In Manual Mode, you set both the shutter speed and the aperture to capture the subject with the correct exposure.  Regardless of whether the subject is in front of a light background or a dark background, the subject will always be captured correctly, but the brightness of the background will vary because the aperture will remain the same.  If you use Shutter Priority, it’s “possible” that the camera may choose an aperture you don’t want.  Here’s an example to make it clearer… let’s say you’re taking pictures at an NFL football game.  You have the camera set to Shutter Priority mode at 1/500th second.  You’re taking several photographs in a row using your camera’s rapid-fire continuous shooting mode as a player is running across the field.  In one shot, the player is in front of a background that consists of the crowd, and the crowd is fairly dark.  The camera chooses an aperture of F4.  Two seconds later the player has run down the field some more, you take another picture, but this time the background is a bright white billboard for a car company.  Because the scene is brighter, the camera chooses an aperture of F8.  Well now you have two pictures at two different settings, and the player is going to be darker in the second one.  Had you shot in manual mode, the player would have looked identical in both shots, but the background would have been bright in the shot with the billboard.  This is an example of some of the types of things you’ll want to think about.  Do you want the player to look identical from shot-to-shot, or are you more concerned about the overall exposure of any given one image?  It’s up to you.  I personally shoot in manual mode so I know what I’m going to get, but it’s a matter of personal preference.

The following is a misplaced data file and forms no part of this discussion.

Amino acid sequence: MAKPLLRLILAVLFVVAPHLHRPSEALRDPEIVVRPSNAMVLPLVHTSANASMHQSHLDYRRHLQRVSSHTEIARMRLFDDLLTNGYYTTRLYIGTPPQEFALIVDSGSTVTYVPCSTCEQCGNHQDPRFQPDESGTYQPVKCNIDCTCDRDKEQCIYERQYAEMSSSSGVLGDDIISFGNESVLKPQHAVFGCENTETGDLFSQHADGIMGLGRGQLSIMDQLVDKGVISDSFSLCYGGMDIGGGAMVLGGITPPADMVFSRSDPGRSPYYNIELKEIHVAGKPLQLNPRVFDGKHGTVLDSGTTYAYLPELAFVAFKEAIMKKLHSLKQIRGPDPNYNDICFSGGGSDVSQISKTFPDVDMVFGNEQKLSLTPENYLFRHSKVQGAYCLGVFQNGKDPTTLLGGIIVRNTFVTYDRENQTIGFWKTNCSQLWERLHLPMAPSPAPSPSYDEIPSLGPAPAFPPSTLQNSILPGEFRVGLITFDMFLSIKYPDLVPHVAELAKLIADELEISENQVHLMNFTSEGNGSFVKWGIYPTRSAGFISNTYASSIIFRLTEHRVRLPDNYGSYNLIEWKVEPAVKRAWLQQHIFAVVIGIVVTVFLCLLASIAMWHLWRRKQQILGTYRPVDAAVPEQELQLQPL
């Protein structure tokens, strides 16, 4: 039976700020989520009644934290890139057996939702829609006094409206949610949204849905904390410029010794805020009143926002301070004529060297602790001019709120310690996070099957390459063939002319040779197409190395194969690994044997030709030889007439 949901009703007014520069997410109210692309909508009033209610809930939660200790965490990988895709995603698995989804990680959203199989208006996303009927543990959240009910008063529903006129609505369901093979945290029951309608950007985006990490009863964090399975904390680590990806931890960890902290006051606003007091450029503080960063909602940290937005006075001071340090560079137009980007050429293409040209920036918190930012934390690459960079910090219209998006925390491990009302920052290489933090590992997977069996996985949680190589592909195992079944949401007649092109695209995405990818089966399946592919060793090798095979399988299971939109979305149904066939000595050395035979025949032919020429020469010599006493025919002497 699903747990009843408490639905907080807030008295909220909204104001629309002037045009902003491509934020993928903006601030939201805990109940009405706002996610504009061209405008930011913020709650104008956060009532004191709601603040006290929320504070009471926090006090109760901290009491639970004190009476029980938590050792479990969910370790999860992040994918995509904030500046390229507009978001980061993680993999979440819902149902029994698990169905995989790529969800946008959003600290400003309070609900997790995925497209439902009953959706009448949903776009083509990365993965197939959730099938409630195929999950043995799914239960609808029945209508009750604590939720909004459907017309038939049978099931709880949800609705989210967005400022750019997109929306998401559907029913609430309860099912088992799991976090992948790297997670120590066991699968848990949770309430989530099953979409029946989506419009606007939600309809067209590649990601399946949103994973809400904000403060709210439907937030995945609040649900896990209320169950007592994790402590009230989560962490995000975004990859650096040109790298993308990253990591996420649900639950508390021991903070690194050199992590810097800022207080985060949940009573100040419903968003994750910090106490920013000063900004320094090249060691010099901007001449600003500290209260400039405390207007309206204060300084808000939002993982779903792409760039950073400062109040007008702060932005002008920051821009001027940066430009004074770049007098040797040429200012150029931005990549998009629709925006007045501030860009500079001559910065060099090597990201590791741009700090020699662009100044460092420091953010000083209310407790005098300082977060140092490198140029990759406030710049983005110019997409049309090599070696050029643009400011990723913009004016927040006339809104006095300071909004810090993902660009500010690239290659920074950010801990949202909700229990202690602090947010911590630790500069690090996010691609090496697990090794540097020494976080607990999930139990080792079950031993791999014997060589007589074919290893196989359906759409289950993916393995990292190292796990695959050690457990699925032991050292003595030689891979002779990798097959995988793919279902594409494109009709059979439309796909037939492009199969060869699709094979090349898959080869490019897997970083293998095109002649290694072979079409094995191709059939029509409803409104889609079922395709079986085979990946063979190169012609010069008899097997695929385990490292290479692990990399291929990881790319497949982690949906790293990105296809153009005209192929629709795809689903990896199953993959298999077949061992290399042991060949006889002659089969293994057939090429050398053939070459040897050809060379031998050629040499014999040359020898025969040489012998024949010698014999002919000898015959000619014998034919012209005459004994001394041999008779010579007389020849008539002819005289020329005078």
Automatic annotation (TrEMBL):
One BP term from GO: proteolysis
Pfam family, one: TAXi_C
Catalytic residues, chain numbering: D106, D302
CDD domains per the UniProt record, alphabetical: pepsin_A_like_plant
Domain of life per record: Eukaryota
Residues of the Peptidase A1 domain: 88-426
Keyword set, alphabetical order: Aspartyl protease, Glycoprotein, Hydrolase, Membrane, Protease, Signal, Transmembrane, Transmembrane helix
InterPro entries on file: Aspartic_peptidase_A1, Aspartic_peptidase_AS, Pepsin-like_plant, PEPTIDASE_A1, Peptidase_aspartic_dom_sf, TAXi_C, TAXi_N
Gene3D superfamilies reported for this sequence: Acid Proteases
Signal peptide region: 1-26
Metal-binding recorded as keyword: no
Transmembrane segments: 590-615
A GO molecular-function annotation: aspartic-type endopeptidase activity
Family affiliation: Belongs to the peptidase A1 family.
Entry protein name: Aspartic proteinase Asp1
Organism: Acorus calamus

Skiing -- Taking Photos of Fast Moving Subjects

Skiing -- Taking Photos of Fast Moving Subjects

Let’s talk a little bit about how to ensure you’re getting the correct exposure.  We know that fast shutter speeds let in very little light.  All other things being equal, fast shutter speed = dark pictures.  So we have to compensate for that to make the photo brighter.  The best way to compensate for fast shutter speeds is to open up the aperture (set it to a low F-number like F4 or F2.8).  Apertures that wide let in a lot of light, allowing the fast shutter speeds while still keeping the image bright.  Of course opening up the aperture that wide also limits depth-of-field (the amount of the picture that is in focus front-to-back).  A wide aperture causes a nice blurred background, which in many cases is exactly what we want (for the football example above, it’s best to have the crowd render as a soft out-of-focus dark area so the player really pops out in the image). 

If you want more of the photo to be in focus, you’ll have to close down the aperture. You may also have to use a narrower aperture simply because your lenses don't have particularly wide apertures at all.  Lenses with wide apertures are expensive to make.  What you’re paying for is all that glass and technology that allows the lens to let in that much light.  If you’ve ever heard the term “fast lens”, that’s what this is referring to.  A fast lens is a wide-aperture lens that allows for fast shutter speeds.  Most people consider a fast lens to be at least F2.8.  Zoom lenses rarely go below F2.8.  Prime lenses (non-zooming) can go down to as low as F1.2!  They can take pictures in incredibly dim lighting and still allow a fast shutter speed. If you’re at the widest aperture your lens allows (or that you want to use), you’ve determined the appropriate shutter speed, and the photo is still too dark, then you have to resort to raising the ISO.  ISO essentially brightens the image, but it also decreases image quality.  I use ISO as a last resort in the chain.  I start at ISO 100 (which will ensure the best image quality), then I adjust my shutter speed and aperture to see how much light I can get.  If the image is still too dark, I increase the ISO to 200 and check the brightness again.  I keep increasing the ISO one step at a time until I reach the correct brightness level, all the while trying to keep the ISO as low as possible.